Saturday, November 13, 2010

Italian Lords and Ladies

...



When we first looked at our little house, the Italian Lords and Ladies (arum italicum) in the back yard were putting on a lovely show. They were planted under the (dying) mulberry tree, where they looked very pretty.

I'm now beginning to think that these plants are Serious Garden Thugs.




Every single time I stick a shovel in the ground, I unearth arum bulbs. Hundreds and hundreds of arum bulbs.

From what I've read, this European native is considered a pretty serious pest in most of North America. They spread like crazy, and may cause contact dermatitis.

I'm really not sure what to do with the bulbs. Should I keep them, because they really are quite attractive and the shadier areas of my garden are so barren, or should I toss them into the "green bin" and send them off to be composted? Would it be horribly irresponsible to mail them to fellow gardeners?

I'm torn.

And I may as well warn blog readers that I'll probably post an almost-identical essay about my Calla Lilies, in the not-so-distant future.




11 comments:

lkw said...

Oh, goodness, I didn't realize they were serious thugs.

I've been concerned about them here in the Piedmont of South Carolina, though, so I can imagine how they'd spread in more benign places. Yikes.

I think I'd try to get rid of them if I could.

Best,
Lisa

Kim said...

Would they grow in a pot? I'd take some off your hands...PS I'll be blogging about my poor, poor patio garden soon. I may need some advice.

Sarcasmo said...

They cause contact dermatitis? Hmm, have you tried this on your own skin? Am wondering if there's a tie-in to your sudden onset of allergies to so many foods you eat...you wrote about the tomatoes. Hmm. Curious.
Diana AQ

. . . Lisa and Robb . . . said...

Kim -- I think these plants would do fine in pots, but they do need Deep Shade.

Jeanne said...

Not sure what I'd do about the arum, but would be very concerned about the calla lilies being potential cat poison. Our cats chew on any green thing within reach, so just the words "calla lily" are scary...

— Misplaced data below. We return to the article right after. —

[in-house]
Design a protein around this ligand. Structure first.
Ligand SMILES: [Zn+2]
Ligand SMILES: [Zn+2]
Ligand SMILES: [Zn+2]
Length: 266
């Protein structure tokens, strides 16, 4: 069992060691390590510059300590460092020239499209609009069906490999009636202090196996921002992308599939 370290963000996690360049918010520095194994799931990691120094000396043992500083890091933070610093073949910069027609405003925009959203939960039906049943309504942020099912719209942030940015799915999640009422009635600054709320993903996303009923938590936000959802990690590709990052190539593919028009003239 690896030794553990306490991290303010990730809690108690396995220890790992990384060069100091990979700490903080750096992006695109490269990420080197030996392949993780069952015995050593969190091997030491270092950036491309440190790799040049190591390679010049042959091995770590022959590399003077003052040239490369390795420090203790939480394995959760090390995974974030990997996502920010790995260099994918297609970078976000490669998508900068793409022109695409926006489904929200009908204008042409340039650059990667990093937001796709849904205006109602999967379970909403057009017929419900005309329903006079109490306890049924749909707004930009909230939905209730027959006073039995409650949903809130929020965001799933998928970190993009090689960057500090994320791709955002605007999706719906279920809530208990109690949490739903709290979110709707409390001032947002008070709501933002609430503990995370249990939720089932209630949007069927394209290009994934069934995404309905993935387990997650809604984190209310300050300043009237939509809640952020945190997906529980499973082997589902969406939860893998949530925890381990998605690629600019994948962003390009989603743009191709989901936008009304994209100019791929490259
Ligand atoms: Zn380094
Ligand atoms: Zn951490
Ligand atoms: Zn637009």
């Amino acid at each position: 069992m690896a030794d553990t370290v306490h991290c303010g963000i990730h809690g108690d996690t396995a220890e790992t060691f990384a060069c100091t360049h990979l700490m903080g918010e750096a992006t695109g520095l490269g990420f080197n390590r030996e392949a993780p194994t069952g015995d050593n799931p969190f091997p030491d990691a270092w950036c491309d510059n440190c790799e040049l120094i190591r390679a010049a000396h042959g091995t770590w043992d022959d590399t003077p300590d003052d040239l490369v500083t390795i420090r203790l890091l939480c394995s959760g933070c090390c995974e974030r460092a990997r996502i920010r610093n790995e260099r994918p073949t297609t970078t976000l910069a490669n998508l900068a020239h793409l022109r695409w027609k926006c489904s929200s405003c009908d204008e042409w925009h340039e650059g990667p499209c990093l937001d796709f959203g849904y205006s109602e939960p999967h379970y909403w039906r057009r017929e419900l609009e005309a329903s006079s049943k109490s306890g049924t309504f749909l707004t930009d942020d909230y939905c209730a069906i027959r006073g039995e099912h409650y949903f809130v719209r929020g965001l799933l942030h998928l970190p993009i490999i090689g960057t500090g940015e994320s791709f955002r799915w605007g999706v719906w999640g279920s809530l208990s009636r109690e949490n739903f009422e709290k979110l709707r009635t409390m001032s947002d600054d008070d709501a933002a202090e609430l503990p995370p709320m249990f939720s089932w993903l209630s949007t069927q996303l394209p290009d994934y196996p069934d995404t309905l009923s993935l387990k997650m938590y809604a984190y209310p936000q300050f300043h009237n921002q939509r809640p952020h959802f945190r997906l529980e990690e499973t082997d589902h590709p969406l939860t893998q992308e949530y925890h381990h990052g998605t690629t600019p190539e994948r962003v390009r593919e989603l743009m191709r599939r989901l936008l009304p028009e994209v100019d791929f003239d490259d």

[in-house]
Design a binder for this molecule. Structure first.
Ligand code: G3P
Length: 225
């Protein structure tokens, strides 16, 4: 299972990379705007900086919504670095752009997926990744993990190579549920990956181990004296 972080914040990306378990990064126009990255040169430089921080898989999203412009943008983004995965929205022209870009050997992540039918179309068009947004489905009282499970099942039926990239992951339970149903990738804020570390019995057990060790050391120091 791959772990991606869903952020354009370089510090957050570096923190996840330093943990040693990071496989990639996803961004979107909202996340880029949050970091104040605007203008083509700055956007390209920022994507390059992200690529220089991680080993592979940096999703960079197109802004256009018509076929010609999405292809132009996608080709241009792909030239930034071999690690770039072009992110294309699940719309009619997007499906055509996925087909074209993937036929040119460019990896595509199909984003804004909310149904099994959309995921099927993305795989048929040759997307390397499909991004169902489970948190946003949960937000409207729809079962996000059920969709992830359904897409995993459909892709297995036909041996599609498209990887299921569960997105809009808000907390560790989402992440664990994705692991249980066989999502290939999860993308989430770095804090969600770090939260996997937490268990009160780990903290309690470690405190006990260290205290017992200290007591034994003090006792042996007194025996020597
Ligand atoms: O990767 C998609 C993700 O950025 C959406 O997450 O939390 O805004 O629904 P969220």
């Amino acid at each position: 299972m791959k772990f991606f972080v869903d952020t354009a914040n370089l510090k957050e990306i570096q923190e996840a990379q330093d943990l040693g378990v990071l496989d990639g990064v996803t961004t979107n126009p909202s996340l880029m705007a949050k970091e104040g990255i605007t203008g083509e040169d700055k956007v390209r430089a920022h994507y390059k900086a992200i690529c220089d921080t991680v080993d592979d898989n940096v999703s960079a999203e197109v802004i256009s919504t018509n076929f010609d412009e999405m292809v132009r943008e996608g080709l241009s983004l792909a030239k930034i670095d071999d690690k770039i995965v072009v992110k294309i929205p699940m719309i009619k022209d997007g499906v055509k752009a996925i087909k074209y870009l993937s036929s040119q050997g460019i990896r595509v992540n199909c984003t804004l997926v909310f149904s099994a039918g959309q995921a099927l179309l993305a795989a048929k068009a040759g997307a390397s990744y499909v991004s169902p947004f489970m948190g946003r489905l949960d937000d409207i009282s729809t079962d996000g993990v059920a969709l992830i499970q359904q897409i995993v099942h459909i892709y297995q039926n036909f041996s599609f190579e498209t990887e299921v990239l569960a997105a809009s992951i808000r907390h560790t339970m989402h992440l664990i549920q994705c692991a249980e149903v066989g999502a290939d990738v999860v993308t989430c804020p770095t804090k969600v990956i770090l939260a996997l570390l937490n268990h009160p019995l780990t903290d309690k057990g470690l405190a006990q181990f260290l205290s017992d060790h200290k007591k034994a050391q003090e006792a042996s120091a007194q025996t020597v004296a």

Good luck with the thugs. Don't let them bully you!

. . . Lisa and Robb . . . said...

Calla Lilies grow like weeds around here, an I've never heard about a cat being poisoned by them. I imagine that they probably taste horrible, so after one curious chomp, the cats leave 'em alone.

Bonnie Story said...

Wow!! I would jump for joy at some arum bulbs!! I am taking their thuggery into consideration nad I really liked your post. Would you shoot me an email to storyboard (dot) pro (at) gmail (dot) com and I will joyfully send my address. I really like your blog, I am glad that it is letting the world meet you, in addition to letting folks know about Robb's recovery. Best of luck to you both, and thank you so much for the generous bulb offer!! Hope to talk to you soon, Bonnie

Anonymous said...

you know there is someone somewhere who is longimg for these type of plants in their garden- so why dont you dig them up and post them for free on craigslist? Also can give them away to a local school that has a garden- they love donations!

Annalisa

Anonymous said...

We have these growing around a willow tree in our Oregon yard, but they have not spread at all, maybe because they're surrounded by lawn. I always thought they were Jack in the Pulpets.

JoAnn

Meredith said...

Was that a birthday notice worked in there at the end?? Hope you had a happy one, in spite of sucky conditions, if so.

I'd try to get rid of them -- but not by putting intact bulbs in the compost pile. In my experience, unwelcome things thrive even better in the compost. There has to be a way to destroy them, I'm thinking. I'm feeling this way about the monkey grass someone planted long ago on this rental property where we live, and wishing that two years ago I'd undertaken a major eradication campaign. Of course, I didn't expect to still be here two years later...

It's not because they're not lovely, you understand, but because certain exotic invasives are really destructive to the home garden endeavor.

Christine said...

The lords and ladies have choked out the commoners! While Annalisa's idea is a generous one, spreading invasive plants can be a curse upon gardeners, but also the wild landscape around us. Best to put them in the green bin- the city's compost system will wipe them clean out. (Don't mean to lecture, but I'm geekily passionate about the spread of invasives). Good luck in your feudal war against them!

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